No love for the Russian SOPA law
Over the summer, a new anti-piracy law was passed in Russia that was dubbed the Russian SOPA law, which, for Americans, is basically an acknowledgement of defeat. In fact the day Russia’s law was first activated was a day of protests for download sharers, a large constituency in the Russian Federation.
There is an urban legend among Russian geeks that Microsoft spread pirated versions of its Windows operating system in Russia and its neighbors specifically to grab a larger market share. This conspiracy theory is groundless, but it clearly shows people’s attitude to rights holders and their businesses in Russia.
Many Russians believe that content creators should be grateful to fearless and selfless fighters against all-powerful corporations, which are simply fleecing artists and cheating large swathes of the population, what Americans like to call the 99 percent, from enjoying art.
Hence, the huge volumes of losses to copyright holders, which, incidentally, cannot be accurately calculated. In Russia, internet users annually install about 3 billion dollars’ worth of counterfeit software: Twenty percent of the population prefers to use only “free,” also known as unauthorized versions.
The U.S. film industry’s losses from piracy in Russia amounted to 250 million dollars just so far this year.
Unpopular solutions to piracy
The need to protect intellectual property rights has long been acknowledged. But few like the solution.
More than 100,000 signatures were collected against the Russian law, forcing lawmakers to “consider” the petition. Most online companies joined the protest, and some sites placed protest messages on their home pages.
But for now, the major film companies and TV channels in Russia will be able to assert their rights. Despite the criticism, the law was applied very quickly. Based on this new law, they managed to ban the distribution of popular TV series, including “Game of Thrones” on the websites kinozal.tv and opensharing.org in the very first month after it was adopted, while software producers and small market participants remained unprotected.
According to Yuri Ammosov, Head of the Directorate for Innovation at the Analytical Center of the Russian Government, pirate libraries, or torrents, create concerns for the publishers primarily due to the illegal copying of new books, which are basically their “cash cows”.
In this way, book publishers are similar to the film industry, which also attaches particular importance to new movies, which are a large part of their livelihood. “A bestseller, uploaded on the Internet, greatly decreases the sales of paper books, from 40 percent to 80 percent, according to my estimates,” Ammosov said.
“Contrary to the claims of pirate supporters, their activities cannot be considered as advertising of paper and legitimate e-books – a rare book is favored with re-reading,” said the expert. However, the procedure for accelerated consideration of a case was not provided for book publishers in the new law.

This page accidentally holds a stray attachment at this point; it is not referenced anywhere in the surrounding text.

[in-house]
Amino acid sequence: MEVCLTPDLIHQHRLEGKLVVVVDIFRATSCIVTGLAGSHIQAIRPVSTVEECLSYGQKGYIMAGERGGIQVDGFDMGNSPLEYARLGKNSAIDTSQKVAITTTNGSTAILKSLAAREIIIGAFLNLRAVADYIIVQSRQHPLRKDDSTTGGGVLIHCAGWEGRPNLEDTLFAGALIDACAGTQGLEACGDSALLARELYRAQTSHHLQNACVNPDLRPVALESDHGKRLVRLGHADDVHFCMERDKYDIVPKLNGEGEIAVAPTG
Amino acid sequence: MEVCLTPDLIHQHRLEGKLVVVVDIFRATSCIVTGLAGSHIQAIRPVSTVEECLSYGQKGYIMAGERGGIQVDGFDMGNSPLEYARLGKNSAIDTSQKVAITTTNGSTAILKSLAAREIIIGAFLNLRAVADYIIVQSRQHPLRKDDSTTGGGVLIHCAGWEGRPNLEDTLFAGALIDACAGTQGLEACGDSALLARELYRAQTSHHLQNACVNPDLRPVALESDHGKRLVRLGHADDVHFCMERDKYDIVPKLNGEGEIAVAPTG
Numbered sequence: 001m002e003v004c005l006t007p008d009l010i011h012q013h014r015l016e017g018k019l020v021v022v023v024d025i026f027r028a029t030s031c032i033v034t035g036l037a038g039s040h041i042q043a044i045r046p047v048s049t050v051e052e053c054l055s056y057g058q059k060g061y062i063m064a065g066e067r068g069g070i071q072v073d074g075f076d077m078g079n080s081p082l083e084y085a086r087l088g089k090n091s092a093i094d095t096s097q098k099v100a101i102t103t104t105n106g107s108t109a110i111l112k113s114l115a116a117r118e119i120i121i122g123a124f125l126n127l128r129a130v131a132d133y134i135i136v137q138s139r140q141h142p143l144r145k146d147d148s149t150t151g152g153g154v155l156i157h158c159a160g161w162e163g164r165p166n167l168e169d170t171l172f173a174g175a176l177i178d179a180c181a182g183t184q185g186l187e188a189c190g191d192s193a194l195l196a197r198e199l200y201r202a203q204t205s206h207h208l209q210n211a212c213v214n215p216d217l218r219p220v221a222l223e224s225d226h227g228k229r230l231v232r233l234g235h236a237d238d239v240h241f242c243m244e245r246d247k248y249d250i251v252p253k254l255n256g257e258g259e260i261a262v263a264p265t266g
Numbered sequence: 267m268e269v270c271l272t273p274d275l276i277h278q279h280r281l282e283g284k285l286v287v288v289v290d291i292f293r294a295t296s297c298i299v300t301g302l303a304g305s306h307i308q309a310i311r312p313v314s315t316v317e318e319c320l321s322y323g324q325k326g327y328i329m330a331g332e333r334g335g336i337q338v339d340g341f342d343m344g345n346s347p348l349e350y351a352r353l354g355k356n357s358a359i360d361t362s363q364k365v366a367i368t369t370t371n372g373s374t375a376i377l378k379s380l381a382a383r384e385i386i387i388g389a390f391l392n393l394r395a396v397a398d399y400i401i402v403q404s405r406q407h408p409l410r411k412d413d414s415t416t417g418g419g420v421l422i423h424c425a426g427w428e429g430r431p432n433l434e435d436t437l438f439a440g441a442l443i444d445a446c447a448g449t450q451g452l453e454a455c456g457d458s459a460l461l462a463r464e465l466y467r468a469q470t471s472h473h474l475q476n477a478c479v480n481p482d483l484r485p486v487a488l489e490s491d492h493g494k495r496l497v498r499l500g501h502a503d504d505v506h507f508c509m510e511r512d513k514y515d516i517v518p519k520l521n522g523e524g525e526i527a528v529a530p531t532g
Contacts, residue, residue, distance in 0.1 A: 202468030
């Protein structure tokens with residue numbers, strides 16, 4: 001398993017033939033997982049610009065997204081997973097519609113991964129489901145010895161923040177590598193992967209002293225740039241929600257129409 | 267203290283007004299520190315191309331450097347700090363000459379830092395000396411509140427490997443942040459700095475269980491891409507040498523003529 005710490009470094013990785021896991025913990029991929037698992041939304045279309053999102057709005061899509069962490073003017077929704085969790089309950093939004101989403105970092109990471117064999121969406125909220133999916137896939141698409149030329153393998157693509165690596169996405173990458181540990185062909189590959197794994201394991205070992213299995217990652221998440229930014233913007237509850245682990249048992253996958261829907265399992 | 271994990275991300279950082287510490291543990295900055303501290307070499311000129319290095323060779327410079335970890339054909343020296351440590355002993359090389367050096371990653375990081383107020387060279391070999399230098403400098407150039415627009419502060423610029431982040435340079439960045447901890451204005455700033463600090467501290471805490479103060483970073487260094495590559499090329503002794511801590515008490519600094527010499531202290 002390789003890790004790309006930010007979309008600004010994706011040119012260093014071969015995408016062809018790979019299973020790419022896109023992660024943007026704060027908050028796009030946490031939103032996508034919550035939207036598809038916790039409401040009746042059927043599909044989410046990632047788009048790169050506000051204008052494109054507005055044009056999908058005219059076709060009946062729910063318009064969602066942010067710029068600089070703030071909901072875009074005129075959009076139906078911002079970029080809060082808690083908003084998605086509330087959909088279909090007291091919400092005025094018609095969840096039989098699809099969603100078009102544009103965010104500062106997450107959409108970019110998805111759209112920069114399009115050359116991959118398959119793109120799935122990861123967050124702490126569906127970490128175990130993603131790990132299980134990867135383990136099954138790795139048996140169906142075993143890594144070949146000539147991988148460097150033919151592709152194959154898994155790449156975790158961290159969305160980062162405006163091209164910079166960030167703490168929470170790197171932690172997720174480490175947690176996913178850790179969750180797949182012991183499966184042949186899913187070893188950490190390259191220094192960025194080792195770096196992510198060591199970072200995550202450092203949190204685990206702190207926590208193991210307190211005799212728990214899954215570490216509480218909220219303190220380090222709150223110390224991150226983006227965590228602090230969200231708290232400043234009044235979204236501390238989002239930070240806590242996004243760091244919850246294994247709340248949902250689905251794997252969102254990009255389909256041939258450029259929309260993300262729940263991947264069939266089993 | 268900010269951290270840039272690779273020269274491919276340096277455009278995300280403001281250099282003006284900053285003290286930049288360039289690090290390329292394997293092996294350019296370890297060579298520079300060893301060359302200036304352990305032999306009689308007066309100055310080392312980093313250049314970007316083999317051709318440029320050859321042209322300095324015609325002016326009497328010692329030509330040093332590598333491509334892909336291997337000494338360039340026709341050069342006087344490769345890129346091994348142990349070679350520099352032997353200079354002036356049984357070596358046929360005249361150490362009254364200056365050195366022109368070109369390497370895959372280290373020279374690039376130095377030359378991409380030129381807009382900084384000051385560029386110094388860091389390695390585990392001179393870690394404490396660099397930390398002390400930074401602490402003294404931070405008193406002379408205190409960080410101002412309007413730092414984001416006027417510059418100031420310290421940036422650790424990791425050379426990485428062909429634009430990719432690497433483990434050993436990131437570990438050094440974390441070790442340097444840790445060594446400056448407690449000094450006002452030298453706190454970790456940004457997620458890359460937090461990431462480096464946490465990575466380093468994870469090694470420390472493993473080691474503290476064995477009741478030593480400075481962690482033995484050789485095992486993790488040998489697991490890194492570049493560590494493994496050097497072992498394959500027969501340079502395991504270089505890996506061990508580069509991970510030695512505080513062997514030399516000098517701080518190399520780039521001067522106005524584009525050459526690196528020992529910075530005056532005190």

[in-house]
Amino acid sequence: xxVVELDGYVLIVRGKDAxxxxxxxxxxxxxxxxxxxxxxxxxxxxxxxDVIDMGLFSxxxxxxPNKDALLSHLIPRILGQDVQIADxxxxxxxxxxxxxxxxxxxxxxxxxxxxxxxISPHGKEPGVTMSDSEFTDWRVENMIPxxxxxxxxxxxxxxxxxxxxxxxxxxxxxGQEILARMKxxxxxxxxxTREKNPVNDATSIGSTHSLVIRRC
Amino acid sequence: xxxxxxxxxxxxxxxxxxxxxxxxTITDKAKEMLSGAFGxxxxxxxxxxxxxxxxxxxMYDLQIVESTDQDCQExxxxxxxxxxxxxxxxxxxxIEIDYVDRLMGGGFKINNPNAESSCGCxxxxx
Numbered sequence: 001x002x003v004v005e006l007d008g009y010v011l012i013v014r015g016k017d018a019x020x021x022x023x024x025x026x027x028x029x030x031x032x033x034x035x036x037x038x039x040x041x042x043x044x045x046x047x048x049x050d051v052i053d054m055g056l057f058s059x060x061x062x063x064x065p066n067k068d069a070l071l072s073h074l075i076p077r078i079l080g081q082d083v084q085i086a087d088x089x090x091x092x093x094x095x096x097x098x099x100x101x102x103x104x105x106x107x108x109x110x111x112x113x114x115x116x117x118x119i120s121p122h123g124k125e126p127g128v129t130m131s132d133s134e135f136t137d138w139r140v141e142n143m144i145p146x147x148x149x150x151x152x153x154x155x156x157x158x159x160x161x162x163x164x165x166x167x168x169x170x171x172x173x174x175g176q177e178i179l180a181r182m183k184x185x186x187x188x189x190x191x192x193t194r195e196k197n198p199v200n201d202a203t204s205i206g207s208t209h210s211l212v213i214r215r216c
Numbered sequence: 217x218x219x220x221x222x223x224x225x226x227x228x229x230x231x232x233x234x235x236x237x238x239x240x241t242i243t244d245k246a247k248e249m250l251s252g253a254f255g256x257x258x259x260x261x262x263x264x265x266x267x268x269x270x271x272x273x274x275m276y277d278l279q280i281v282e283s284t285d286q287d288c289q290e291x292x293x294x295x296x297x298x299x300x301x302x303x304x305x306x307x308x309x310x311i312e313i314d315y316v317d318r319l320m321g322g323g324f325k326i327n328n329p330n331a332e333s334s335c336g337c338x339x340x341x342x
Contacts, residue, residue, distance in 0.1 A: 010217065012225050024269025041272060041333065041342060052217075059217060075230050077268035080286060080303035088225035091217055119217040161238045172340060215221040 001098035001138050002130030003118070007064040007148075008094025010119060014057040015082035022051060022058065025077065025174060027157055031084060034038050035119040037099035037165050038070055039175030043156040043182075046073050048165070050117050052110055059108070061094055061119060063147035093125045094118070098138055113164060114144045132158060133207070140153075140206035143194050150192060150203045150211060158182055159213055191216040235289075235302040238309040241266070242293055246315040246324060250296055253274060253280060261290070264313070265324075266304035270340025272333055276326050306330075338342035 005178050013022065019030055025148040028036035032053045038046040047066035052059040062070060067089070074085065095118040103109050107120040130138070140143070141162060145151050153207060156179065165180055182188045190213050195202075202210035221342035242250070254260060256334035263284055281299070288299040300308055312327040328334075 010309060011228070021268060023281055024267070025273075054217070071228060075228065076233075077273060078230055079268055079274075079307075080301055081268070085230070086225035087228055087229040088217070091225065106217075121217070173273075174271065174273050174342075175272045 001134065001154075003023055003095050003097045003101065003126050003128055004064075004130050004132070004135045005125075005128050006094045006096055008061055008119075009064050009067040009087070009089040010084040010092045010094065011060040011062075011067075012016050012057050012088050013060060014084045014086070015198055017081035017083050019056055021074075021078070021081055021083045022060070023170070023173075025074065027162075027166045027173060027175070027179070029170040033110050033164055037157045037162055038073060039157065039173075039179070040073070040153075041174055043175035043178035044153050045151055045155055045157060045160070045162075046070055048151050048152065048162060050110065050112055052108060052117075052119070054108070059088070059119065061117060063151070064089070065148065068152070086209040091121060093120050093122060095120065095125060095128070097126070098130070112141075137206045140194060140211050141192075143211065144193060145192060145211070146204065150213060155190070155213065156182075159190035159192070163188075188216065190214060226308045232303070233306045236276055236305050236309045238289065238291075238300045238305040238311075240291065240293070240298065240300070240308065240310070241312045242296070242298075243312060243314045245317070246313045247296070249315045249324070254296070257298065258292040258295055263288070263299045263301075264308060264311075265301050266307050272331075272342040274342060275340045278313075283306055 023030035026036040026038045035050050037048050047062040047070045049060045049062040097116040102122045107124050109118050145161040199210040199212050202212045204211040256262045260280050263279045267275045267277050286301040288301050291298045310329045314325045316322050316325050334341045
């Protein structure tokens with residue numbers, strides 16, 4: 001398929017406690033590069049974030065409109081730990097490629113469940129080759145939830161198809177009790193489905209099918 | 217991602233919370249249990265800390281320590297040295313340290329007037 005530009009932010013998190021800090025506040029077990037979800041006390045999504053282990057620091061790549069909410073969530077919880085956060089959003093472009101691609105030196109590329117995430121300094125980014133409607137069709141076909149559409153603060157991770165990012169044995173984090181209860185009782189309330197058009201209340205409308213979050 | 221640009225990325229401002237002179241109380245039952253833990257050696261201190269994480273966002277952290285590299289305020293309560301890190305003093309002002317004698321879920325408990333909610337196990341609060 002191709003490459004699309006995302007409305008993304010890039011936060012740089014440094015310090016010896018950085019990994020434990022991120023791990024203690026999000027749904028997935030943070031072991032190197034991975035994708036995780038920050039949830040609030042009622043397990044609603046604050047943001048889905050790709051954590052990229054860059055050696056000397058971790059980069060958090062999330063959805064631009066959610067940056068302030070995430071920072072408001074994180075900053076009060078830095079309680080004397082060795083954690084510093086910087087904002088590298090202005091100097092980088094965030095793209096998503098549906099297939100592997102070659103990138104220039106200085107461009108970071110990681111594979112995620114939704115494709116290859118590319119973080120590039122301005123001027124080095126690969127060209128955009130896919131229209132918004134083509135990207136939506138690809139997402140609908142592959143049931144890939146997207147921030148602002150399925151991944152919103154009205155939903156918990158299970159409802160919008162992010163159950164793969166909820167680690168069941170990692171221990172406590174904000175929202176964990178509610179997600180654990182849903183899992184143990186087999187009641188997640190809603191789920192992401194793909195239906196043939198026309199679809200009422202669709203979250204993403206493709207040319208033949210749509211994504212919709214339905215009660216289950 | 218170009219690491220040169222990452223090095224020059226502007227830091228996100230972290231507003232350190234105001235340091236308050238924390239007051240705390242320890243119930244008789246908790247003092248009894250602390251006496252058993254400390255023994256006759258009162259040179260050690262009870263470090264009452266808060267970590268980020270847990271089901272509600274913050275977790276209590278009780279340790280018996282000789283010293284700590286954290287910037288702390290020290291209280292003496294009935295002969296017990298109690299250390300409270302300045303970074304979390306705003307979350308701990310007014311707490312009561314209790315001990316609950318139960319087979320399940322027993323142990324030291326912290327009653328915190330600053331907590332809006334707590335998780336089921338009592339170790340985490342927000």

IT companies are not happy either, as they were overlooked by the law. The new amendment or enhancement to the law currently in Parliament is none too popular either. Alexander Khegay, deputy head of Information Security Department at LANIT Network Integration, doubts that the new draft law will affect the rights of software producers.
“The draft law is directly connected with the companies, involved in producing or distributing of multimedia content. If we, as a system integrator, can benefit from it, this help will be insignificant,” he said.
Not surprisingly, many people find such a selective law offensive and ask in what way is video better than their products. “Translation is real intellectual property. Those who read Shakespeare in the original and in translation, made by Marshak, know that it is an independent work of art. However, the practice of protecting the rights of such intellectual property is a rare exception,” said Anna Lomteva of the TransLink Translation Bureau.
The experience of fight against piracy in other countries, with the help of similar laws, shows that it is impossible to completely eradicate it, and the effect of this fight can be surprising.
Thus, according to a study, made by the Munich School of Management and the Copenhagen Business School, after the closing of the popular file host Megaupload, only the best-known films slightly increased their box office receipts.
This occurred only in a few countries where the site had been unpopular in the first place. In other cases, its closing had no impact on ticket sales in cinemas. As for the independent film industry, it even resulted in a drop in attendance.